You will often hear, “so goes the consumer, so goes the United States economy.” This is a phenomenon that has grown during my lifetime, as we shifted away from a manufacturing economy to a more service-based economy. Look below at the chart and you will see that consumer spending does make up almost 70% of US GDP and has for quite some time. (“Personal consumption expenditures” is Fed speak for Consumer spending, so dividing that into GDP gets you the ratio.) As states start to reopen, and business start to wonder if their clients will come back, we thought we should look at some stats on the state of the American consumer.
For the rest of my career, some of these economic charts are going to almost look unbelievable, people will wonder if there is a mistake in the data. For example, look below at the savings rate of Americans. They started tracking this rate back in the ‘60’s and in no other time period, not even during previous recessions, was it nearly as high as it is now. The single biggest reason that the rate spiked to 33% is the inability of people to spend money, even if they want to right now, due to the lock downs.
Interestingly, the savings rate was on a secular decline starting in the 80’s that continued until the 2008 recession. Then we can see that the savings rate did appear to be trending higher since 2008, and one wonders if that trend will accelerate. Unfortunately, if too many Americans do the prudent thing and save a little more, the net result would be lower US economic growth since that would mean lower consumer spending.
Besides supermarkets and Amazon, where are people spending right now?
I am usually one to loathe anecdotal stories, but a recent one sparked part of my research for this blog. My wife is friendly with some folks who work at a local store that sells kayaks. She recently asked them how business was and the response she received was “If we had more inventory, we could sell more. We can’t keep any in stock!” As the weather has started to warm up, and as states open with certain social distancing rules, many of us are looking to get outdoors. And getting outdoors means getting new toys to enjoy! Look at some recent headlines we have seen:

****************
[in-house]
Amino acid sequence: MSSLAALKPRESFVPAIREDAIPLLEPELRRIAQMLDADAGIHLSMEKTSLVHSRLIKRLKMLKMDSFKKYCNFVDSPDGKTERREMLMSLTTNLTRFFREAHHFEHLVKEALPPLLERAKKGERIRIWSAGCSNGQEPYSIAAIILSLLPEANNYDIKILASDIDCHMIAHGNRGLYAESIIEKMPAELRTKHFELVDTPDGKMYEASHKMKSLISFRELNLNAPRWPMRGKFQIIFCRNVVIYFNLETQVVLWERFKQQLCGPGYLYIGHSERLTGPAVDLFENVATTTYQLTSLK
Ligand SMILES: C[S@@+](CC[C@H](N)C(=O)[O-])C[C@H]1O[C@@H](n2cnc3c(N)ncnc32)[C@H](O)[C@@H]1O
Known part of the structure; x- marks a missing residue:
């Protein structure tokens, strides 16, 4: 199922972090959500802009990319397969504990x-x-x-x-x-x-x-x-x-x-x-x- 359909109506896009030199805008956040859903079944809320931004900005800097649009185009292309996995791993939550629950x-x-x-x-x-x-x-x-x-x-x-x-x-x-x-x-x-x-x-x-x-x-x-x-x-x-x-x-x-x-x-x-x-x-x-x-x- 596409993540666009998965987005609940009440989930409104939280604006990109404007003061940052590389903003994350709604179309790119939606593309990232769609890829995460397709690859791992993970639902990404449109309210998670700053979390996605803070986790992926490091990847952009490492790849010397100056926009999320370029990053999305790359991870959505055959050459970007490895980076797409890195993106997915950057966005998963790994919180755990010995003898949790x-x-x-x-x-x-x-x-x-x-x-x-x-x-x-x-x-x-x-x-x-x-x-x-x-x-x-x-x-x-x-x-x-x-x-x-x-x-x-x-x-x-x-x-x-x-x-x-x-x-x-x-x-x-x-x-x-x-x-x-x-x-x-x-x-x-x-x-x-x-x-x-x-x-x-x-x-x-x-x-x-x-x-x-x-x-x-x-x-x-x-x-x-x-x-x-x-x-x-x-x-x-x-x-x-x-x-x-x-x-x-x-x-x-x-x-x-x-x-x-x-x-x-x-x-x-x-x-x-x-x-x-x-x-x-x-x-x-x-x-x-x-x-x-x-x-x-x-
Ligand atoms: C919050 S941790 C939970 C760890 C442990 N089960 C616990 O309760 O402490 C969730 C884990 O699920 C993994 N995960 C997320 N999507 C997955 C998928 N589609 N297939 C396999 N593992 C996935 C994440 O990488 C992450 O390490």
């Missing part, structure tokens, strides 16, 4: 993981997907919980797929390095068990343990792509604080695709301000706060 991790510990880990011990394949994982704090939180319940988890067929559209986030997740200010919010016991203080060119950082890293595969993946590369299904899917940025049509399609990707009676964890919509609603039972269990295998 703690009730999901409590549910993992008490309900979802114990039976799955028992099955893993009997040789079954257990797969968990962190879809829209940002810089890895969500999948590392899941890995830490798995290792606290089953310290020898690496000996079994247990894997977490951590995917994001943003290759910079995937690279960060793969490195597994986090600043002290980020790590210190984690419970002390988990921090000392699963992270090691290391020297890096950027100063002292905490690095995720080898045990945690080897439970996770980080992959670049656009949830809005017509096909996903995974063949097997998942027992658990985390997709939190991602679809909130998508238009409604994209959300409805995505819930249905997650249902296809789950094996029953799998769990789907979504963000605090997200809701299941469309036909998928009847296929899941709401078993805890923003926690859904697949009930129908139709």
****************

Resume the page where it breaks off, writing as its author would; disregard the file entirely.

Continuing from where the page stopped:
Want to buy a pool? Probably too late for this summer: https://www.nytimes.com/2020/06/03/nyregion/coronavirus-above-ground-pools.html
Maybe you want some new golf clubs? Expect delays! https://www.forbes.com/sites/erikmatuszewski/2020/06/14/amid-pandemic-ben-hogan-golf-equipment-company-had-record-setting-sales-in-may/#56fa4442198d
Want to buy a bicycle? Be prepared to wait:
Some of these purchases, especially RV’s and boats, are significantly large. Rational folks would not be committing to these large purchases unless they felt confident about their jobs and their income. These purchases reflect that many Americans are still feeling optimistic about their future financially. Look for the savings rate to return to normal, if these types of articles continue to roll in.
What about homes?
Speaking of large purchases, home sales are the single largest purchase many of us will ever make so we must pay attention to the health of the real estate market to get a sense of how consumers are acting. The government will release May sales data next week, but understandably April sales data did show a drop. Here is a chart of existing home sales: (Existing home sales make up about 90% of all homes sold)
The drop in new home sales was not as pronounced, as you can see in the chart below. However, there may be a lag in this data, due to the steps a homebuyer must go through to buy a new home. It is a longer process from start to finish, as opposed to buying an existing home, so we do expect this data to potentially worsen in the next release.
Even though we do not have the latest housing sales data yet, we are hearing from companies in the real estate space that right now demand is very strong. Mortgage applications are 21% higher today than a year ago, according to the Mortgage Bankers Association. They also reported that it was the ninth straight week of gains, and the highest volume in 11 years! Record low mortgage rates have helped entice buyers. Last week a traditional 30-year mortgage was about 3.2%. By comparison, the record high rate was in 1981, when a 30-year mortgage was about 16.6%!